Queensland travel made easier with on-the-spot access to bus information
Dusty Miller, Director of Digital Solutions at Translink, discusses the successful implementation and benefits of the Near Field Communications (NFC) initiative, as well as how it has enabled seamless access to up-to-date travel information for Queensland bus users at every urban bus stop.
Credit: Department of Transport and Main Roads
Queensland bus users can now easily access up-to-date travel information with just a tap of their smartphone at every one of Queensland’s 15,500 urban bus stops. The Translink Division in the Department of Transport and Main Roads (TMR) has completed the roll-out of Near Field Communications (NFC) tags at urban bus stops across the state.
NFC uses a tag that has been installed at bus stops that allows customers to tap their smartphone device. This action promptly takes customers straight to a web page for that bus stop on the Translink website and provides stop, route, timetable, service disruption and real-time information.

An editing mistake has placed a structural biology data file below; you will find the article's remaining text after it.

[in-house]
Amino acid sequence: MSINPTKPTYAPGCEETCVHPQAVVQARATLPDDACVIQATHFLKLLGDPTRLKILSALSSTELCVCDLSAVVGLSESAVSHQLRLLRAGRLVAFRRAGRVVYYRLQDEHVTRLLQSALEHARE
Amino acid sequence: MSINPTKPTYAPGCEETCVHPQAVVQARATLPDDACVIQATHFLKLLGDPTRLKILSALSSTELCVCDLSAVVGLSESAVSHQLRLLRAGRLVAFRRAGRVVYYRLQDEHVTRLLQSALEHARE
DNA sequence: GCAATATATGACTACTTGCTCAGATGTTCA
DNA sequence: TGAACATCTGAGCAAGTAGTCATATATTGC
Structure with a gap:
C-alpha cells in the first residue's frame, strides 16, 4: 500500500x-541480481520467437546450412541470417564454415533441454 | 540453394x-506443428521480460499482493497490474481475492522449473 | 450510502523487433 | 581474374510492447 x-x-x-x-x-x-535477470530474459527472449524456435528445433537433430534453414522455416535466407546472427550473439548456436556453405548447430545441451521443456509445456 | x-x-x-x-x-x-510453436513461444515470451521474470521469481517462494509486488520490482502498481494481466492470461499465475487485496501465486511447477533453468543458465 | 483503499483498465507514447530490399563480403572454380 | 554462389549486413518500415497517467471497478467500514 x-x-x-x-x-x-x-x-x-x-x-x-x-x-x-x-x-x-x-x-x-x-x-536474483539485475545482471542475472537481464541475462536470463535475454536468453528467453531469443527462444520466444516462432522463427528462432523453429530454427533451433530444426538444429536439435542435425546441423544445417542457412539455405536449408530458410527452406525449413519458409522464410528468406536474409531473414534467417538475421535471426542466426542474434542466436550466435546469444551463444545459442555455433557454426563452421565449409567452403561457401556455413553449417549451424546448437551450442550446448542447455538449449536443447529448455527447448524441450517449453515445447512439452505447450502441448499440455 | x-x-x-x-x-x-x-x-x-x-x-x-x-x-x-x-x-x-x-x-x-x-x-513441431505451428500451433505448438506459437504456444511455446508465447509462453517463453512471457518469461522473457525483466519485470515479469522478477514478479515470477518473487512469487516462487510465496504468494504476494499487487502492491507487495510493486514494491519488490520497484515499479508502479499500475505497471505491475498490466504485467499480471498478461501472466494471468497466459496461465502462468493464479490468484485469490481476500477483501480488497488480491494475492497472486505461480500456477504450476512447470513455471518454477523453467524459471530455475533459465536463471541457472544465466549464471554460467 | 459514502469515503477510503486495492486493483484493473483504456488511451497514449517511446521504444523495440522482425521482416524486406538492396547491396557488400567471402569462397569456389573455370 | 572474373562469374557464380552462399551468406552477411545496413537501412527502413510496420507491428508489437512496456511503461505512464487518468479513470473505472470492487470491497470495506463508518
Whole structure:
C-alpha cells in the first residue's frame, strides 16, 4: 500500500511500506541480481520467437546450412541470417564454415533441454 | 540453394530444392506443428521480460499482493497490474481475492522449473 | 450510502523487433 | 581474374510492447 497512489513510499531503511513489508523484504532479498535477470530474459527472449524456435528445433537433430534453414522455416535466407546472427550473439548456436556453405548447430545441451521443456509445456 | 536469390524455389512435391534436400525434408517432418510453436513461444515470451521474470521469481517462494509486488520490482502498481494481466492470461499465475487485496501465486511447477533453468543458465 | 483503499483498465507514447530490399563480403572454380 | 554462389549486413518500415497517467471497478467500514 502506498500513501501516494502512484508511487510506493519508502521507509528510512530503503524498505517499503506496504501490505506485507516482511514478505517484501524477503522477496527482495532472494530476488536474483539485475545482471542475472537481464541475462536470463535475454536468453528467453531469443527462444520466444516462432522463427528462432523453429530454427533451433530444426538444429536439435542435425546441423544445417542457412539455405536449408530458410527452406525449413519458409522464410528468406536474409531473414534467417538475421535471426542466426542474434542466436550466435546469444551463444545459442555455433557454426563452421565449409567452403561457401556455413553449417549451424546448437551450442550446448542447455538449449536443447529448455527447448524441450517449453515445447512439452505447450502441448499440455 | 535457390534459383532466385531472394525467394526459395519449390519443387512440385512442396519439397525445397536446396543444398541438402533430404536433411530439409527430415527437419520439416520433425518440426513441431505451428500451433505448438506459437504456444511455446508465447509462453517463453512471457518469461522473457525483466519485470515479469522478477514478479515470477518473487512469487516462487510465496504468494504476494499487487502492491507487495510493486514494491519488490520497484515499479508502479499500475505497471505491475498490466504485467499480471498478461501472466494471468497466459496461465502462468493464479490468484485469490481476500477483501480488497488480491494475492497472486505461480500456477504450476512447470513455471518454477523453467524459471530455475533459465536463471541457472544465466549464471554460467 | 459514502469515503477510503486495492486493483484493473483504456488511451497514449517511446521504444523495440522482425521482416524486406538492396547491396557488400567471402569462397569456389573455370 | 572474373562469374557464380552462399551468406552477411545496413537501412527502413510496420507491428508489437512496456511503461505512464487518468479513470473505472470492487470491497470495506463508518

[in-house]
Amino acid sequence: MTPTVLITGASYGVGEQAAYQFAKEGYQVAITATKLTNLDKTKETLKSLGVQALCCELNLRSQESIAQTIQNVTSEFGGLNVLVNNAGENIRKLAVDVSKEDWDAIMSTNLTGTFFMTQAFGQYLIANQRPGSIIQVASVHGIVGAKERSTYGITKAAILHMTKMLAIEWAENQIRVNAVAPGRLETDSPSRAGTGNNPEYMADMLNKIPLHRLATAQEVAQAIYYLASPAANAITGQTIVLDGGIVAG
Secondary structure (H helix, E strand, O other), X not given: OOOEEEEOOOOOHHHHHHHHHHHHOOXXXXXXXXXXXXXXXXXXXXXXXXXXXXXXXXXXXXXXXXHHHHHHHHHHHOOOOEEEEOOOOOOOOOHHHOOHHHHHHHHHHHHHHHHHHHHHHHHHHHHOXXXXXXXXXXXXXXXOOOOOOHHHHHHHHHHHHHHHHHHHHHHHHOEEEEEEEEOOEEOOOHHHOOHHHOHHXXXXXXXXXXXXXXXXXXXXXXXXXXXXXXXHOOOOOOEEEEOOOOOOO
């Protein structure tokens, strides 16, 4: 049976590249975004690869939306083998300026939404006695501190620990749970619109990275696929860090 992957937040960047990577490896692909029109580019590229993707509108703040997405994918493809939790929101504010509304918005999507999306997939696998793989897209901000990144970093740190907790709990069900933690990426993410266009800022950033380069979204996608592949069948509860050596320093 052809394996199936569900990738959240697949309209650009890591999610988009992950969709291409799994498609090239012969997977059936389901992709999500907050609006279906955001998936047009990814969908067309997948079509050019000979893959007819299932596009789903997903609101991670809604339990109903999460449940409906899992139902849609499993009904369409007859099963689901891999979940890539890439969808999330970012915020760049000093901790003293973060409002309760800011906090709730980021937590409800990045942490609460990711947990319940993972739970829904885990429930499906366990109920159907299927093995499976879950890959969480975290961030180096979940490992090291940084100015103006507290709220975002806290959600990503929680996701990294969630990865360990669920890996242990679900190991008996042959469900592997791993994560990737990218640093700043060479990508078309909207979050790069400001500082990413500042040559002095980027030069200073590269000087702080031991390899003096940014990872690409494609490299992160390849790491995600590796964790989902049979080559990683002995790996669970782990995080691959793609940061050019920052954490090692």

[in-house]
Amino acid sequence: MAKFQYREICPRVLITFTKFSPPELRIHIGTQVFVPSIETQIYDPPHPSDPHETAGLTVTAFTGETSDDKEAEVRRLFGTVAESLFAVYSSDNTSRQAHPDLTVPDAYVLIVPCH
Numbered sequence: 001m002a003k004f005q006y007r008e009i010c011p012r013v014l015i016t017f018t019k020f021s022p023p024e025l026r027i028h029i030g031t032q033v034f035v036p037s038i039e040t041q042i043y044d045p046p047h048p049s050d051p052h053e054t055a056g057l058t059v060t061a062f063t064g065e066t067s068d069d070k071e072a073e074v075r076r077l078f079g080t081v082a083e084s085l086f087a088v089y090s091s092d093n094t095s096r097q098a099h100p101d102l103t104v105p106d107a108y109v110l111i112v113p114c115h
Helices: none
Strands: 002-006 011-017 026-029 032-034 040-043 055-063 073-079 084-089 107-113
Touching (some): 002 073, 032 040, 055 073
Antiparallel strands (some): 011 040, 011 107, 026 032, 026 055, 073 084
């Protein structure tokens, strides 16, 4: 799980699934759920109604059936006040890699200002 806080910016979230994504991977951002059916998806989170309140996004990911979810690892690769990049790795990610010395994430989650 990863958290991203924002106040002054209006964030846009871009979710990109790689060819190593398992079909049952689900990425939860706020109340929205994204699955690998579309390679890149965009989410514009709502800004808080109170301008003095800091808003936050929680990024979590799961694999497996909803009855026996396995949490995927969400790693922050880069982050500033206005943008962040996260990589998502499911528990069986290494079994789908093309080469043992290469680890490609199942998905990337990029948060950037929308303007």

NFC technology also assists people with visual impairment and people who do not speak English as their first language can translate the web page to their first language”
Furthermore, the NFC technology also assists people with visual impairment and people who do not speak English as their first language can translate the web page to their first language.
Customers only need to hold their phone in close proximity for a few seconds to scan an NFC tag. Patrons using iPhone devices need to hold the top rear of their phone to the NFC tag to scan, while customers using Android devices need to hold the back of the middle part of their phone to the NFC tag to scan.
The aim of the roll-out of this feature was to make it easier for anyone – whether they are a regular bus user or a tourist – to access information about services to help them get to where they need to go.